Environmental consciousness has taken the world by storm as massive conglomerates do their part for our planet (which makes sense as this saves them money and improves their public image). But how many individuals can really call themselves environmental crusaders?
Truth be told, many – me included – will only go the extra (green) mile as far as it’s convenient. (Greenies, criticise as much as you like – that is the way it is.)
We live in a hectic world. One where there’s barely time to look after yourself and have some TLC “you time”, let alone time to sort through your trash and dash to the recyclers. (There are those who manage to do it all in the same 24-hour period that everyone gets, but that’s why we buy their books and go to their seminars …)
This project isn’t working in other parts of Joburg, and that’s just because people aren’t willing to sort through their trash – shame on them.
Personally, I recycled when I lived in Johannesburg. Pikitup made things easy … general refuse went into the wheelie-bin, plastic, tins and glass in a clear plastic bag and paper/cardboard into an orange sack. I sorted everything as the week went on and gave myself a pat on the back when the trash stood outside to be collected. “A little goes a long way, and my sorting skills are doing my part for the environment;” I thought to myself as I left for work.
“This project isn’t working in other parts of Joburg, and that’s just because people aren’t willing to sort through their trash – shame on them.” But the shame was on me …
All the recycling fervour disappeared when I moved to Cape Town (Somerset West to be exact – which is administratively included in the Mother City’s municipal area). There was no separation at source project where I was staying, so instead of just having to sort through everything, I’d have to take it to the recyclers as well. “Not a big deal”, I told myself – but this never happened.
From there I relocated to Stellenbosch, and the non-recycling continued. “You’re too busy,” I reassured myself as the trash went into the same bin. “How much time could it take to dash to the recyclers once a month,” my conscience questioned. “But there’s no space to keep everything until it could be taken away,” the excuses kept on coming …
After Stellenbosch came Paarl, where things changed. My conscience didn’t win – a little is just going a long way …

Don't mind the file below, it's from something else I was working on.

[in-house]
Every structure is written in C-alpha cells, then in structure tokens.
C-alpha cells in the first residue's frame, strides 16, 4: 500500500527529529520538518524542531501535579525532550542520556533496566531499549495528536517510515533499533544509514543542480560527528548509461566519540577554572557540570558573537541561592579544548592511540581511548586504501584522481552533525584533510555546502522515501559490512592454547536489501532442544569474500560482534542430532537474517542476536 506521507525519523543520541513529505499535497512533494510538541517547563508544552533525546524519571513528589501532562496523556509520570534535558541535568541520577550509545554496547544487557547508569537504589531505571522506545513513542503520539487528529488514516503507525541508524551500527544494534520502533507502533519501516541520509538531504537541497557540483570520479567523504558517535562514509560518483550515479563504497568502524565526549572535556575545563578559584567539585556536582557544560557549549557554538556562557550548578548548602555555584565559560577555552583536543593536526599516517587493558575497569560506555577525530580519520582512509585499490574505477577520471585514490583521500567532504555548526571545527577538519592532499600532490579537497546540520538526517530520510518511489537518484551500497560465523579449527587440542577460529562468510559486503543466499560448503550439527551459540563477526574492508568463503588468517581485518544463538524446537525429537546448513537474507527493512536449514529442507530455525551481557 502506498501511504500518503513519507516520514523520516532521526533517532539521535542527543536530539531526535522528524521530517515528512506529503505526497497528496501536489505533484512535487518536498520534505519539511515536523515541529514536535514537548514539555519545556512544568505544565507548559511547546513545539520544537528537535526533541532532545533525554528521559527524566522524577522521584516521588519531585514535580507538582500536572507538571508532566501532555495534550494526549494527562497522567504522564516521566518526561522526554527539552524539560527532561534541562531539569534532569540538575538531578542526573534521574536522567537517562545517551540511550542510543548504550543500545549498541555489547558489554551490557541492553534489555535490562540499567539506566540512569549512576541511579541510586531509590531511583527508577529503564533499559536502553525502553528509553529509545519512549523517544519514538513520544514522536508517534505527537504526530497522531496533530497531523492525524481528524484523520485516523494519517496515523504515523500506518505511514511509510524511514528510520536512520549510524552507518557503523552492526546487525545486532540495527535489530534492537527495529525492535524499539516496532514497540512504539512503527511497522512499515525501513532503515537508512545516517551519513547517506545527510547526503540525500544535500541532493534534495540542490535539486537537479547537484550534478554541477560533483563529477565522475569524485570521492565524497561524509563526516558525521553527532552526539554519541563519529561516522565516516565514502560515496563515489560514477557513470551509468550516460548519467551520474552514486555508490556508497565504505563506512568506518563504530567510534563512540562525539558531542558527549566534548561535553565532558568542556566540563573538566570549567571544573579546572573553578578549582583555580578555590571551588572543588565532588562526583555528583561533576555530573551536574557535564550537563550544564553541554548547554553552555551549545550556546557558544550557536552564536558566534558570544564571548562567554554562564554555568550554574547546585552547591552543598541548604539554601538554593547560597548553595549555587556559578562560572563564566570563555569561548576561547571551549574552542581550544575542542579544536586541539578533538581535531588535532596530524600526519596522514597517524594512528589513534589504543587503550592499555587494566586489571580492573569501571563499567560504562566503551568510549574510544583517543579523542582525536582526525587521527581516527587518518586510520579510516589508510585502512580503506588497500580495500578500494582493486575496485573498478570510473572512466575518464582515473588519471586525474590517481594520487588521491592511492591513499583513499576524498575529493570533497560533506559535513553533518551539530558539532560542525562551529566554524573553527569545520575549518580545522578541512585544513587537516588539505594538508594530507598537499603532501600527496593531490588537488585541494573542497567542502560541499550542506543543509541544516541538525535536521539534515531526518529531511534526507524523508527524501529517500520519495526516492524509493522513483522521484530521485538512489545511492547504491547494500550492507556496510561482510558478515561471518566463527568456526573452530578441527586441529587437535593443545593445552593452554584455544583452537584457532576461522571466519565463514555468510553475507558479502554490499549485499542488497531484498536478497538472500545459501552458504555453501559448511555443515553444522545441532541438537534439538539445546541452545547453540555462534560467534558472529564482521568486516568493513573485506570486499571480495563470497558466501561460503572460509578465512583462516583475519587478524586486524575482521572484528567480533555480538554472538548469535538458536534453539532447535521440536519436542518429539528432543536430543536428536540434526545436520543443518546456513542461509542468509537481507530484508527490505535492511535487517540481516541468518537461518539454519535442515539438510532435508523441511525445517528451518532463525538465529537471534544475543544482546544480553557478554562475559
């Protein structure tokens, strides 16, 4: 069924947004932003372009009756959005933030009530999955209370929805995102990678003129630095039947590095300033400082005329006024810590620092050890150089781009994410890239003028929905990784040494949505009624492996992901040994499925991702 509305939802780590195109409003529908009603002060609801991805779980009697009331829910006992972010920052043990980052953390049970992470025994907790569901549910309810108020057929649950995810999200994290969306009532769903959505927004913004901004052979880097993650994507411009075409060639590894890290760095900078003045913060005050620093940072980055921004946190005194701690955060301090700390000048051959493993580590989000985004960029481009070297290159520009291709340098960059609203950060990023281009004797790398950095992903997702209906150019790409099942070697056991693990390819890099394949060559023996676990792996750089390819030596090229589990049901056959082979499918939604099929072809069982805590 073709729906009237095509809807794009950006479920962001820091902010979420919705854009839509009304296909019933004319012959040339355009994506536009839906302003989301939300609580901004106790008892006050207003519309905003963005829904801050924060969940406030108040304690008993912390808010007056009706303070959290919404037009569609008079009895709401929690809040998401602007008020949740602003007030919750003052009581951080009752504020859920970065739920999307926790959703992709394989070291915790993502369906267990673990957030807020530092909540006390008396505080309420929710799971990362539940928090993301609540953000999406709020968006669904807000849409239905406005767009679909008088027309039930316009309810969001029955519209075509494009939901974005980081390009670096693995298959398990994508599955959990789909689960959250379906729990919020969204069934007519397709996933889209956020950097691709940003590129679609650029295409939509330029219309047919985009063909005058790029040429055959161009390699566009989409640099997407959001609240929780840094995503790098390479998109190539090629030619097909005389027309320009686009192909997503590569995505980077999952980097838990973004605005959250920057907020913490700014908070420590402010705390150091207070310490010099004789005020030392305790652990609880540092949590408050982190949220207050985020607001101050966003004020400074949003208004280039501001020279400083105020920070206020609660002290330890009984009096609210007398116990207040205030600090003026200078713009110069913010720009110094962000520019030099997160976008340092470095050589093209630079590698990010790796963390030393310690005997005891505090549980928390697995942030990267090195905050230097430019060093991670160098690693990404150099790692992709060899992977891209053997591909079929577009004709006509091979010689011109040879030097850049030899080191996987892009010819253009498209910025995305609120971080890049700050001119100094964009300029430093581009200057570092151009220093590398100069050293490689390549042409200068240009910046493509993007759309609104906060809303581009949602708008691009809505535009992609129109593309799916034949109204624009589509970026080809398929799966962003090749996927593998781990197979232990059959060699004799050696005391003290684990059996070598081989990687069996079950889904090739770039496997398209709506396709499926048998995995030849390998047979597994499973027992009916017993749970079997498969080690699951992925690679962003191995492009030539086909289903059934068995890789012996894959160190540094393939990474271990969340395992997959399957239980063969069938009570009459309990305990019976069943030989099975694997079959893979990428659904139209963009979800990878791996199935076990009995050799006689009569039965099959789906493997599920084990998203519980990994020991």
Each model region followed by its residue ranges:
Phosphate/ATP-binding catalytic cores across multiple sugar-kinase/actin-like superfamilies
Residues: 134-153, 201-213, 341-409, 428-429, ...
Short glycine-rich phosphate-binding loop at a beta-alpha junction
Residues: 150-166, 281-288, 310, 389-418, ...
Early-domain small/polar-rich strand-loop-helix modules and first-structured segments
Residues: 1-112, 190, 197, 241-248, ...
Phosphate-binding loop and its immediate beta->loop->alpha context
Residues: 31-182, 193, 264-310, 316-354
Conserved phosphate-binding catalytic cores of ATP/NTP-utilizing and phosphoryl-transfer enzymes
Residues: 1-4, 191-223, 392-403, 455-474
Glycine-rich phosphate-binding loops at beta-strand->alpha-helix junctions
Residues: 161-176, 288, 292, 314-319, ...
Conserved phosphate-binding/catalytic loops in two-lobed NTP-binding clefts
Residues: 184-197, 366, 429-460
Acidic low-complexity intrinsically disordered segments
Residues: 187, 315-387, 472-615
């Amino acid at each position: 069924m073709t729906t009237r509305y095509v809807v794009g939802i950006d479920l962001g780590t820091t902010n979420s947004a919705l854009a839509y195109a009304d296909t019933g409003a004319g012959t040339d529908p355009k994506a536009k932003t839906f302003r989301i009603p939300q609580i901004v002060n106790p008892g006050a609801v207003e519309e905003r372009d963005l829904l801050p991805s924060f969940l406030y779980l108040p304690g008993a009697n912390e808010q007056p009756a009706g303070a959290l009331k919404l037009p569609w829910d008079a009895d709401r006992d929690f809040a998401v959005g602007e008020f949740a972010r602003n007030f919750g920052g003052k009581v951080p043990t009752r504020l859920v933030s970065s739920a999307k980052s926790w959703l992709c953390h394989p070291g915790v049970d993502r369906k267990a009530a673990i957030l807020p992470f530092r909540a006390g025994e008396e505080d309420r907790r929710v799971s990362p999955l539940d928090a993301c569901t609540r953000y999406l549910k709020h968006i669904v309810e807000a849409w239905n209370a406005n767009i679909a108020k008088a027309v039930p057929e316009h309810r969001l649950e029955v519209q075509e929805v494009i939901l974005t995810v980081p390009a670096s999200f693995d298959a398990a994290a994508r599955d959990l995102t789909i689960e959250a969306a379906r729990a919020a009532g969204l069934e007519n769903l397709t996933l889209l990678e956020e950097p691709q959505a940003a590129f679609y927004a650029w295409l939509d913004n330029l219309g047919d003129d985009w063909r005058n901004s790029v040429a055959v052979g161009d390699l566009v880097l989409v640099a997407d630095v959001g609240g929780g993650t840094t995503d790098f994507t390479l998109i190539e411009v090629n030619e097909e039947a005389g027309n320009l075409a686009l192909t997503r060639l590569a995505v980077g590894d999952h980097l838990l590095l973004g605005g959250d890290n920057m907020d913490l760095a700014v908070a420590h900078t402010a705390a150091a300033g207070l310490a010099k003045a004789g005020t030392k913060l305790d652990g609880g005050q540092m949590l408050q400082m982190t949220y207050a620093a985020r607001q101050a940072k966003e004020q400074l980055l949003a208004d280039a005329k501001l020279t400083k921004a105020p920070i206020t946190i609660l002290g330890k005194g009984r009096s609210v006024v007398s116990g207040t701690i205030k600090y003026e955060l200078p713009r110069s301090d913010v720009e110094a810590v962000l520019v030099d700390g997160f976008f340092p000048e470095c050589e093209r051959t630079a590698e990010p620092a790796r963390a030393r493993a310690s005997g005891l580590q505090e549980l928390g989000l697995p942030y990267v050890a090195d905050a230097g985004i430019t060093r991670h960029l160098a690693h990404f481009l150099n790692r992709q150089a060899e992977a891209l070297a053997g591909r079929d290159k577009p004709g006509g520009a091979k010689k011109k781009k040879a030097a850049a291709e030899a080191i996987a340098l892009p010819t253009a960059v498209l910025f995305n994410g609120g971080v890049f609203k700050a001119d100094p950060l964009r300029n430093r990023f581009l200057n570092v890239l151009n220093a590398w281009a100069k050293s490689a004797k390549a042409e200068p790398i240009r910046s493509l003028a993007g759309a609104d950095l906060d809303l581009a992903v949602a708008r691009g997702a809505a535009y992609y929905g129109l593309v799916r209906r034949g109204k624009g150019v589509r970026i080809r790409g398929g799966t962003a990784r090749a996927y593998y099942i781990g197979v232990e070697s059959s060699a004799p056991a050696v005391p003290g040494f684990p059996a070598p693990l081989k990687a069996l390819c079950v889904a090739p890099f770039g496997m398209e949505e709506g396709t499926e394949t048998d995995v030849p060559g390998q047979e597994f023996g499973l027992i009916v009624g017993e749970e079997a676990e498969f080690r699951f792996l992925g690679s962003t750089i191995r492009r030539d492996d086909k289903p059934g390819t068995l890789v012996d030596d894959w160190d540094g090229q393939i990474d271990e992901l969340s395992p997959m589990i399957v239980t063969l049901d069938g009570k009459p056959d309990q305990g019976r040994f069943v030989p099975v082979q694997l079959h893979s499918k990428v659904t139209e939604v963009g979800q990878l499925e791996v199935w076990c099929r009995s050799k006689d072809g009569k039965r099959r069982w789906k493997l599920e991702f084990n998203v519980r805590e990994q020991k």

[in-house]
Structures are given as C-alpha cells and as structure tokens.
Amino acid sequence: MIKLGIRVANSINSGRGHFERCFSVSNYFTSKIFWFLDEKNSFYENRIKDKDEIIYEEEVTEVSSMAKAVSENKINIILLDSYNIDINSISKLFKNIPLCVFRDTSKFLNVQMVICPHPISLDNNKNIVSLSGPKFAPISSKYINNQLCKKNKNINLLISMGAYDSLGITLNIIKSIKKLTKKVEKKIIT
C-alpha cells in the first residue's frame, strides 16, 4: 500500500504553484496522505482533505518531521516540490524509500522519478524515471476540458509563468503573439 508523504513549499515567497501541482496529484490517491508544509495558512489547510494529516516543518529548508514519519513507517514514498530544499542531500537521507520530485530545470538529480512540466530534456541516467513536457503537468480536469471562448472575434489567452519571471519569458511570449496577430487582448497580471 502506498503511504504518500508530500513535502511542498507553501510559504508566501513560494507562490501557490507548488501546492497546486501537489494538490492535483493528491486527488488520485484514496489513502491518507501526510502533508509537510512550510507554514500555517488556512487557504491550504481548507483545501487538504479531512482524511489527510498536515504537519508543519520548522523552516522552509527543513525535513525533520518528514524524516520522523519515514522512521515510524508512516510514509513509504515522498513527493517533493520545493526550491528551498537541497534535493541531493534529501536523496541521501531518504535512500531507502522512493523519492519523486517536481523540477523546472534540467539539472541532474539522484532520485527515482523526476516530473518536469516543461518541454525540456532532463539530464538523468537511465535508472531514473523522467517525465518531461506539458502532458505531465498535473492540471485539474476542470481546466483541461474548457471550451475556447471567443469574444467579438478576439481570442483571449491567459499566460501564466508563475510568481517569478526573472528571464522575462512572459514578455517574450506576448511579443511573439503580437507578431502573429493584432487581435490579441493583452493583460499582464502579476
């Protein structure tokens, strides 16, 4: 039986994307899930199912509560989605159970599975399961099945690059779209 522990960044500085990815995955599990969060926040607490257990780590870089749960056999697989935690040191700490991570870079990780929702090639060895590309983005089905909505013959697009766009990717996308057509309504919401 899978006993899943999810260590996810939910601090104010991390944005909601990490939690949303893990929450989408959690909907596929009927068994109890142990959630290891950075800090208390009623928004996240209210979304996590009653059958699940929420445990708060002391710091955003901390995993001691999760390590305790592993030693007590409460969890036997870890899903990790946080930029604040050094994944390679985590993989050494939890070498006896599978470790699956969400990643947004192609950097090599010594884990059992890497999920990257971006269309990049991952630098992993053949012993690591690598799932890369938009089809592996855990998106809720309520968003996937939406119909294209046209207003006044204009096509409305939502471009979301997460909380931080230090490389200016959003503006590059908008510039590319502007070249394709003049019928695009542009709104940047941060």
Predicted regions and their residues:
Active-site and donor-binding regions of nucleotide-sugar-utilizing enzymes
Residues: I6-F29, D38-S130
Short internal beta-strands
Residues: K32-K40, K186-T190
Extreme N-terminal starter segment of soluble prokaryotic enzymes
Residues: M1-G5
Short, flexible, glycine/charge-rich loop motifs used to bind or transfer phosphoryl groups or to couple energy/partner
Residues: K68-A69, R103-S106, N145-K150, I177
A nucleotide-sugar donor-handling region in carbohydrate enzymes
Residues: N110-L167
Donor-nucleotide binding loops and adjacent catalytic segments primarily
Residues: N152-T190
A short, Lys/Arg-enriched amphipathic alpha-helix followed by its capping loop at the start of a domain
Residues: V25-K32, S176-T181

It takes time to figure out how things work when you’ve moved to a new place. I knew what weekday the garbage truck would collect our refuse, but I didn’t know at what time … so, the first Wednesday I rolled out before the break of dawn, but there weren’t any other bins to be found.
I work from home, so I thought I’d wheelie the bin back in until I heard the truck. This plan changed at 10 am as I got tired of scrambling like a mad person every time a truck came past (the new place is in the CBD, so there are quite a few that make the rounds).
After a while I heard a ruckus and decided to investigate. Spying through the spare-bedroom’s window (which faces the road) I saw someone rummage through the rubbish – sadly not an unfamiliar site nearly everywhere in South Africa.
So I asked the rummager to please put everything back once he was done. He politely said that he would and did. (I was a bit hesitant as a Johannesburg colleague once told me that a dumpster diver met his request with a less polite version of “go back to England”.)
This got me thinking. We don’t need a “separation at source” project, we just need to be a bit more accommodating to our fellow man.
After the week’s unpacking, the next Wednesday saw a lot more rubbish – which I thought I’d have to split (throwing the boxes away over a few weeks) as the garbage truck only removes what’s in the bin, not around it. But another roaming recycler came past as I wheeled the bin out, so I thought I’d ask him if he’d like some boxes, paper and moving supplies that we were throwing out …
The man spent almost three hours going through everything (I used my spying glass to check up on him every now and again), grouping all the different recyclables – shrinking the pile of nearly 25 bags to four (which he placed neatly in the bin when he left).
I was amazed at how he stacked the paper, boxes and plastic onto he’s makeshift trolley and how the four remaining bags shrank some more as the day went by … each passer-by leaving the bin as neatly as he found it.
This got me thinking. We don’t need a “separation at source” project, we just need to be a bit more accommodating to our fellow man. Don’t shout at the guy who’s going through your rubbish bin – he’s reusing what you don’t want and just trying to earn a little cash through recycling.
I know that some do leave a mess after they have gone (it’s happened to me as well), but I’ve started to sort my trash again, as this makes things easier for the polite recyclers and ensures that the unaccommodating ones take what they want without leaving a mess.
You don’t need to be an environmental crusader, but by doing a little and working together we can really go a long way in helping each other, and the planet, out.
They say a picture is worth a thousand words, but I’ve learned that a few sentences can be worth much more … My parents dubbed me “Johannes Jacobus de Klerk”, but I prefer “Jaco” (or “the beard of this operation”: my aim is to grow a “yeard”) … Read more